Never knowingly undersolved.

Guardian Cryptic N° 25,645 by Araucaria

Posted by PeterO on May 25th, 2012


A typically delightful offering from Araucaria.

The puzzle centres on 23A, which is an accessible clue (although as it happens I was led to it from Nahum in 11A), and leads to several of the Poet Laureates of the United Kingdom.

1. Fruit to make one quiet after horseplay (7)
ROSEHIP A charade of ROSEH, an anagram (‘play’) of ‘horse’ + I P (‘one quiet’).
5. Old instrument to call Scots girl (7)
REBECCA A charade of REBEC (‘old instrument’) + CA (‘call Scots’).
9. Doctor Livingstone keeps nations together in liquor (7)
DRUNKEN An envelope (‘keeps’) of UN (‘nations together’) in DR (‘doctor’)+ KEN (erstwhile Lord Mayor of London, ‘Livingstone’). Nicely misleading surface.
10. Garment with which some spell 20 (7)
SINGLET The answer to 20D is MATTINS, which is also (I think more usually) spelled with a SINGLE T.
11. Human error pictures one of the 23 across (5,4)
NAHUM TATE First appearance of the mini-theme, of Poet LAUREATES. A charade of NAHUM, an anagram (‘error’) of ‘human + TATE (‘pictures'; an oblique reference to London’s Tate Gallery). Nahum Tate was Poet Laureate from 1692 to 1715.
12. Hunter owned by Dettori once (5)
ORION An answer hidden in (‘owned by’) ‘DettORI ONce’.
13. Way said to be problematic for lame dog (5)
STYLE A homophone (‘said’) of STILE, with reference to the expression “help a lame dog over a stile” – that is, help someone in difficulties.
15. Prize for fool, something of a triumph to be given K (9)
POTASSIUM A charade of POT (‘prize’) + ASS (‘fool’) + IUM (‘something of a trIUMph'; like it or not, this device is part of Araucaria’s weaponry). K is the chemical symbol for potassium.
17. One of 23 across has same problem with the other horses (9)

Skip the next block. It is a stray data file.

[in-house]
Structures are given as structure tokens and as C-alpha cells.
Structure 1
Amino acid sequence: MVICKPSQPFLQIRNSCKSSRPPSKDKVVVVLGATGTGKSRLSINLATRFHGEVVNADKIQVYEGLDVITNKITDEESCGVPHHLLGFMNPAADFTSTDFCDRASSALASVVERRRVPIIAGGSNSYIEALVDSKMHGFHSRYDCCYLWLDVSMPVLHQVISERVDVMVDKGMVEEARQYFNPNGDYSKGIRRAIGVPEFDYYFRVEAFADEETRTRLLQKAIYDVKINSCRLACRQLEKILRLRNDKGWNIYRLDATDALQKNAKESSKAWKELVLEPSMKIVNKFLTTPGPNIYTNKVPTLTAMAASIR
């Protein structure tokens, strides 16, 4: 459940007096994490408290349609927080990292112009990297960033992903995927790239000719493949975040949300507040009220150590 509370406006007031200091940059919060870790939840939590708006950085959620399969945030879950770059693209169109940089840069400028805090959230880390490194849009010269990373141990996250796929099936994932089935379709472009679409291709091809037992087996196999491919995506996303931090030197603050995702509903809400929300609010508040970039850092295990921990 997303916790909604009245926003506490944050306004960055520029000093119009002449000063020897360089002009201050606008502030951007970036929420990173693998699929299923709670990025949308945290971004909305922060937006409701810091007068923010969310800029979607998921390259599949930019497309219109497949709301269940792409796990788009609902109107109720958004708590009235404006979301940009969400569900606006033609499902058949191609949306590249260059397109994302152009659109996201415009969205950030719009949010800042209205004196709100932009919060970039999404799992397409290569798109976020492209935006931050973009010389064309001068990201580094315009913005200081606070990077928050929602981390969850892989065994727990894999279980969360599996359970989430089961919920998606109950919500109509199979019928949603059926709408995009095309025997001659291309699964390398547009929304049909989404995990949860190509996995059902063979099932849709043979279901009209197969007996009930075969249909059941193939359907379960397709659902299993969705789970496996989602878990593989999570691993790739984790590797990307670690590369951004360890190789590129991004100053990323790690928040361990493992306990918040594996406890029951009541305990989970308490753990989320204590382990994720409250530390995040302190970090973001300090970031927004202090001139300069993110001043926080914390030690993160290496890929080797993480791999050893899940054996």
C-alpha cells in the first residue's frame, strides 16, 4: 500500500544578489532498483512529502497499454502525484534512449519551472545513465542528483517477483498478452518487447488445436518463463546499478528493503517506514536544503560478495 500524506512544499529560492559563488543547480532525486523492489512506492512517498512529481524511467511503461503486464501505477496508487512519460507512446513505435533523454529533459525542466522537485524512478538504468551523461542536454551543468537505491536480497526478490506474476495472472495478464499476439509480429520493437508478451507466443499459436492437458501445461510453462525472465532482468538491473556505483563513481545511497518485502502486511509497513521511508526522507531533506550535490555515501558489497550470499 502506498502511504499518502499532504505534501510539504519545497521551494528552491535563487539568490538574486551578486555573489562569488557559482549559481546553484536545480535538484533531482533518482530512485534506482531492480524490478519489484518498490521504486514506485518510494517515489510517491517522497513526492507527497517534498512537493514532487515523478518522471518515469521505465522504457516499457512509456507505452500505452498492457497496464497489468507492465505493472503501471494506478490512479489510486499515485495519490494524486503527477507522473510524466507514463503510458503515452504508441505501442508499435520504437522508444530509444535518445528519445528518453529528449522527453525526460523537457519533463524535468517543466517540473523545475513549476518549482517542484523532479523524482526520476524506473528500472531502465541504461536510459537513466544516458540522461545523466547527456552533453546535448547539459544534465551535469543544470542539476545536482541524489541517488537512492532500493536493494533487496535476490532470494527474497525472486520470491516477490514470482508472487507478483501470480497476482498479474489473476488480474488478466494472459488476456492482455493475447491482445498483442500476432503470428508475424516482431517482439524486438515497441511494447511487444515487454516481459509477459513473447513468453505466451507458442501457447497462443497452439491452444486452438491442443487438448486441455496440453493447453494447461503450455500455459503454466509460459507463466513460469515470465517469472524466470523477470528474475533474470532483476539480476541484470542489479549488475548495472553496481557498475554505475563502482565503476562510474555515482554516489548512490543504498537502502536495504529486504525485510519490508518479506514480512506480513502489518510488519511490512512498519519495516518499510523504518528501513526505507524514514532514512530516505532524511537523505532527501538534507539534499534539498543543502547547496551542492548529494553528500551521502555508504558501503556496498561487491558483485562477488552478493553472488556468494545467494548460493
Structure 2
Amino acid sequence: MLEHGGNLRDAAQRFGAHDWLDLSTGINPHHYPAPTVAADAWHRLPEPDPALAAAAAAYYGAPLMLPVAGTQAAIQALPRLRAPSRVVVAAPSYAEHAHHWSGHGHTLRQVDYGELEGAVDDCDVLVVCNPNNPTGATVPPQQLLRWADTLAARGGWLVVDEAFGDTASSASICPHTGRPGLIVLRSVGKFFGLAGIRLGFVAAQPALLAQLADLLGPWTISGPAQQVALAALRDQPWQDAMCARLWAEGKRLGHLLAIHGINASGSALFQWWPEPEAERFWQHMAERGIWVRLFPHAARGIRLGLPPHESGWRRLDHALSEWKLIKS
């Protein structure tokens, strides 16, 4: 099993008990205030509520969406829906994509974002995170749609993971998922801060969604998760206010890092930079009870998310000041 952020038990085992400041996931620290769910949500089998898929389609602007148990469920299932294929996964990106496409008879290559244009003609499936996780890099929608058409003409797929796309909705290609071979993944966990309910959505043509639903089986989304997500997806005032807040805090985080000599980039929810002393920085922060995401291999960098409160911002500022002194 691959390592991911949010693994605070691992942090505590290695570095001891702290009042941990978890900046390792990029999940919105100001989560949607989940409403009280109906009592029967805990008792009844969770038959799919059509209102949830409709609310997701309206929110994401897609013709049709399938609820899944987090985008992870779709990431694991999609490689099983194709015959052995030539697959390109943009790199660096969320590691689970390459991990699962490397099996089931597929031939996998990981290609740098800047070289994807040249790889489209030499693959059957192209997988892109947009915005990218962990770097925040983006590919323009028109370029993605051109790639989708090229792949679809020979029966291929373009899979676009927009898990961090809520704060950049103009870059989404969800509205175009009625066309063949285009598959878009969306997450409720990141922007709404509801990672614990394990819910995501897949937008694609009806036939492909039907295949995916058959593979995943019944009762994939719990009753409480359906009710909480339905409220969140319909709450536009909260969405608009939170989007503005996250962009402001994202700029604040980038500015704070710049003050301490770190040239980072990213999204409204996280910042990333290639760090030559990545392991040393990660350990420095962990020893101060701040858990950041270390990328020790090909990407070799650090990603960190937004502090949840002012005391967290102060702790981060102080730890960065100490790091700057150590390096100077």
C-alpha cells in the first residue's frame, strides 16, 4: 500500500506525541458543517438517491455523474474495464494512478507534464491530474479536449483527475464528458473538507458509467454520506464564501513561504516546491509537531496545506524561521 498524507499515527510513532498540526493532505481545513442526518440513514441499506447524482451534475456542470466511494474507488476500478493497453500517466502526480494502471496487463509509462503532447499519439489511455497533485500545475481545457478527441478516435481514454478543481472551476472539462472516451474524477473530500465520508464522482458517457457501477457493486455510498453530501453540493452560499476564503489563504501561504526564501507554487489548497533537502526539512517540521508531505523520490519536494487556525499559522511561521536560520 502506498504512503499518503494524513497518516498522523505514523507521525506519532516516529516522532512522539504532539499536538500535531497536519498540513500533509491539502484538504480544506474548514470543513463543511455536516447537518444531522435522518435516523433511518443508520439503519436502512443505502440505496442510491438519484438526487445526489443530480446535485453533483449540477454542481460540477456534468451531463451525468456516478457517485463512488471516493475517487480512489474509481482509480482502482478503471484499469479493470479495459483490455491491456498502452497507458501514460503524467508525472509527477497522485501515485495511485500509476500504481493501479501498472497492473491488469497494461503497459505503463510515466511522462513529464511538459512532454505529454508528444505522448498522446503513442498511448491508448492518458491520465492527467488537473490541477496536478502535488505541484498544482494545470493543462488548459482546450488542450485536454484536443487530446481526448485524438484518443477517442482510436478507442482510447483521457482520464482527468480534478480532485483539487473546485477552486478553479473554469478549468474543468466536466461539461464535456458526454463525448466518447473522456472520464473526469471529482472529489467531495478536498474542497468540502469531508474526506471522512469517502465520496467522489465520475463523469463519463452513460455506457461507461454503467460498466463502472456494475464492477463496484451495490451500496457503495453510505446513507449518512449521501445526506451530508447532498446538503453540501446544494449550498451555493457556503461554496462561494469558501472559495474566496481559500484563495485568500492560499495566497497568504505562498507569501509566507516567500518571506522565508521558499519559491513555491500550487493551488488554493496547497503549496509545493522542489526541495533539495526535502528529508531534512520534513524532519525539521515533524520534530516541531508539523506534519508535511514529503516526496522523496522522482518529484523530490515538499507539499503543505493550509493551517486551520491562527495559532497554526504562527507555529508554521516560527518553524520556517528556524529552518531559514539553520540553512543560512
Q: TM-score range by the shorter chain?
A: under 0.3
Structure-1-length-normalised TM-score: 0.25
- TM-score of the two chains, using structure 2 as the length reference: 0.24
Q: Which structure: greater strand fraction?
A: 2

MASEFIELD A charade of MASE, an anagram (‘problem’) of ‘same’ + FIELD (‘the other horses’). John Masefield, Poet Laureate 1930-1967.
19. Is it sane for one to keep moving? (5)
NOMAD NO, MAD (‘is it sane?’)
22. Poetical outcry — one left (5)
LYRIC An anagram (‘out’) of ‘cry’ + I L (‘one left’).
23. US city’s austere characters assembled as prizewinners (9)
LAUREATES A charade of LA (‘Los Angeles, ‘US city’) + UREATES, an anagram (‘characters assembled’) of ‘austere’.
25. Unlucky to lose leader, splashes out (7)
HAPLESS An anagram (out’) of ‘[s]plashes’ with the first letter removed (‘to lose leader’).
26. The lady’s seizing gold pound with one person to carry it (7)
HAULIER An envelope (‘seizing’) of AU (‘gold’, chemical symbol) + L (‘pound’) + I (‘one’) in HER (‘the lady’).
27. Reserved “Holy Queen” for crooked lawyer (7)
SHYSTER A charade of SHY (‘reserved’) + ST (‘holy’) + ER (‘Queen’).
28. Supply what was wanted, for instance, including clenched fist? (7)
SATISFY An envelope (‘including’) of TISF, an anagram (‘clenched’?) of ‘fist’ in SAY (‘for instance’).
1. Yorkshire tracks? (7)
RIDINGS A play on riding as a riding path, a horse trail; and a division of the county of Yorkshire.
2. Small change with opposition to one of 23 across (7)
SOUTHEY A charade of SOU (‘small change'; an old French coin of little value) + THEY (‘opposition’). Robert Southey was Poet Laureate from 1813-1843.
3. Warrant in piece of Pooh’s nonsense (5)
HOKUM An envelope (in’) of OK (‘warrant’) in HUM (‘piece of Pooh’s).
4. Geordies’ application to come into big house for fruit (9)
PINEAPPLE An envelope (‘to come into’) of NE (northeast, ‘Geordie’) + APP (‘application’) in PILE (‘big house’).
5. Tea or cider for her? (5)
ROSIE Rhyming slang “Rosie Lee” (‘tea’), and a reference to Cider with Rosie, a book by Laurie Lee.
6. One of 23 across is good about orders I left out (3,6)